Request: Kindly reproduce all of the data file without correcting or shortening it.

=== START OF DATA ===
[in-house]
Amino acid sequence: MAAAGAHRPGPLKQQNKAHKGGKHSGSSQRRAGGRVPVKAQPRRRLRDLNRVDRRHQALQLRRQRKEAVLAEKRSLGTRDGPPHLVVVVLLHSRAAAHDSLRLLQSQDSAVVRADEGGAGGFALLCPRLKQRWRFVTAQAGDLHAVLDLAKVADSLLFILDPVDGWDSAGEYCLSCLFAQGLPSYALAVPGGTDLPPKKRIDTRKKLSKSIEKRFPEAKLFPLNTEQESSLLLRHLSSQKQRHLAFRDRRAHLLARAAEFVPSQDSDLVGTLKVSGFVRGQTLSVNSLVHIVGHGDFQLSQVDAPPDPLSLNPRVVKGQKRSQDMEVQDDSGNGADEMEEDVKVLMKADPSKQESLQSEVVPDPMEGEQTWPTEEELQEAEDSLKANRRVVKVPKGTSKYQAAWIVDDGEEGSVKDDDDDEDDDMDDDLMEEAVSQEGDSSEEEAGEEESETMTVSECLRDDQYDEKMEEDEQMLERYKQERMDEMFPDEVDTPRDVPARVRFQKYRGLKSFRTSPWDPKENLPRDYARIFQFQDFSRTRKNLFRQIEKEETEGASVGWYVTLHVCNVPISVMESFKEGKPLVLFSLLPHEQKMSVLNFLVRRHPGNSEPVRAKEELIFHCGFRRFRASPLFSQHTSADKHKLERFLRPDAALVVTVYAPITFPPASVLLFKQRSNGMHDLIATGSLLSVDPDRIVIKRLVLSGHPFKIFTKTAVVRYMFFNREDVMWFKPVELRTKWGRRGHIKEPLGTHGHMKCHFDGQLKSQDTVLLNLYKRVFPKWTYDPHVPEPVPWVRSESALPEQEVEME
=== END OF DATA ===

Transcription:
[in-house]
Amino acid sequence: MAAAGAHRPGPLKQQNKAHKGGKHSGSSQRRAGGRVPVKAQPRRRLRDLNRVDRRHQALQLRRQRKEAVLAEKRSLGTRDGPPHLVVVVLLHSRAAAHDSLRLLQSQDSAVVRADEGGAGGFALLCPRLKQRWRFVTAQAGDLHAVLDLAKVADSLLFILDPVDGWDSAGEYCLSCLFAQGLPSYALAVPGGTDLPPKKRIDTRKKLSKSIEKRFPEAKLFPLNTEQESSLLLRHLSSQKQRHLAFRDRRAHLLARAAEFVPSQDSDLVGTLKVSGFVRGQTLSVNSLVHIVGHGDFQLSQVDAPPDPLSLNPRVVKGQKRSQDMEVQDDSGNGADEMEEDVKVLMKADPSKQESLQSEVVPDPMEGEQTWPTEEELQEAEDSLKANRRVVKVPKGTSKYQAAWIVDDGEEGSVKDDDDDEDDDMDDDLMEEAVSQEGDSSEEEAGEEESETMTVSECLRDDQYDEKMEEDEQMLERYKQERMDEMFPDEVDTPRDVPARVRFQKYRGLKSFRTSPWDPKENLPRDYARIFQFQDFSRTRKNLFRQIEKEETEGASVGWYVTLHVCNVPISVMESFKEGKPLVLFSLLPHEQKMSVLNFLVRRHPGNSEPVRAKEELIFHCGFRRFRASPLFSQHTSADKHKLERFLRPDAALVVTVYAPITFPPASVLLFKQRSNGMHDLIATGSLLSVDPDRIVIKRLVLSGHPFKIFTKTAVVRYMFFNREDVMWFKPVELRTKWGRRGHIKEPLGTHGHMKCHFDGQLKSQDTVLLNLYKRVFPKWTYDPHVPEPVPWVRSESALPEQEVEME